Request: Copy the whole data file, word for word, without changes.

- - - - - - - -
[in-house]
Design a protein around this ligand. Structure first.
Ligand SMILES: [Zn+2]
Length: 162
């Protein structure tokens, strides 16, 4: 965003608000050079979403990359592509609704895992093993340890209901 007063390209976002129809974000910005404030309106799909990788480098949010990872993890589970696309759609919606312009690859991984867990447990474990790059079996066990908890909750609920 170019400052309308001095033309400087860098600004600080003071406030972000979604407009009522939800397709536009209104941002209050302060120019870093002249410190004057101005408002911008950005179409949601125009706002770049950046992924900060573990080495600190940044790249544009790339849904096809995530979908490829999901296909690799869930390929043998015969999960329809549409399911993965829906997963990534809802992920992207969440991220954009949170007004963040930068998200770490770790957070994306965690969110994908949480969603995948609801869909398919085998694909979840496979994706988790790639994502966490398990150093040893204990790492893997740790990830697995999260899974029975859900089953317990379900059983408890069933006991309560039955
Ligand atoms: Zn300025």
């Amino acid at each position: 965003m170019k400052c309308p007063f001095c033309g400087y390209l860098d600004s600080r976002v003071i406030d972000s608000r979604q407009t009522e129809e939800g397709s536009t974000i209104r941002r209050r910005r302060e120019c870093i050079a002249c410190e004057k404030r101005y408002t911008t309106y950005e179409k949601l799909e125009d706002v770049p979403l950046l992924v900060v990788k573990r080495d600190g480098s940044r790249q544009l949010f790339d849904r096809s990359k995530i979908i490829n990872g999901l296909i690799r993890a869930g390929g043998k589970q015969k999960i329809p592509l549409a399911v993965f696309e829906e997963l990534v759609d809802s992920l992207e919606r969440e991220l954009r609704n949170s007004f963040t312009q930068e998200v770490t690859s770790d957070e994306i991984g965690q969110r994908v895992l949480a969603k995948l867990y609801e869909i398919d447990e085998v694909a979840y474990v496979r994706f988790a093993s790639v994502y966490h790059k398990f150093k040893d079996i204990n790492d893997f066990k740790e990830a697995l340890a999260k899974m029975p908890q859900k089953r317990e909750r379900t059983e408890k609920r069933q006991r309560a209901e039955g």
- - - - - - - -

[in-house]
Design a protein around this ligand. Structure first.
Ligand SMILES: [Zn+2]
Length: 162
């Protein structure tokens, strides 16, 4: 965003608000050079979403990359592509609704895992093993340890209901 007063390209976002129809974000910005404030309106799909990788480098949010990872993890589970696309759609919606312009690859991984867990447990474990790059079996066990908890909750609920 170019400052309308001095033309400087860098600004600080003071406030972000979604407009009522939800397709536009209104941002209050302060120019870093002249410190004057101005408002911008950005179409949601125009706002770049950046992924900060573990080495600190940044790249544009790339849904096809995530979908490829999901296909690799869930390929043998015969999960329809549409399911993965829906997963990534809802992920992207969440991220954009949170007004963040930068998200770490770790957070994306965690969110994908949480969603995948609801869909398919085998694909979840496979994706988790790639994502966490398990150093040893204990790492893997740790990830697995999260899974029975859900089953317990379900059983408890069933006991309560039955
Ligand atoms: Zn300025």
């Amino acid at each position: 965003m170019k400052c309308p007063f001095c033309g400087y390209l860098d600004s600080r976002v003071i406030d972000s608000r979604q407009t009522e129809e939800g397709s536009t974000i209104r941002r209050r910005r302060e120019c870093i050079a002249c410190e004057k404030r101005y408002t911008t309106y950005e179409k949601l799909e125009d706002v770049p979403l950046l992924v900060v990788k573990r080495d600190g480098s940044r790249q544009l949010f790339d849904r096809s990359k995530i979908i490829n990872g999901l296909i690799r993890a869930g390929g043998k589970q015969k999960i329809p592509l549409a399911v993965f696309e829906e997963l990534v759609d809802s992920l992207e919606r969440e991220l954009r609704n949170s007004f963040t312009q930068e998200v770490t690859s770790d957070e994306i991984g965690q969110r994908v895992l949480a969603k995948l867990y609801e869909i398919d447990e085998v694909a979840y474990v496979r994706f988790a093993s790639v994502y966490h790059k398990f150093k040893d079996i204990n790492d893997f066990k740790e990830a697995l340890a999260k899974m029975p908890q859900k089953r317990e909750r379900t059983e408890k609920r069933q006991r309560a209901e039955g």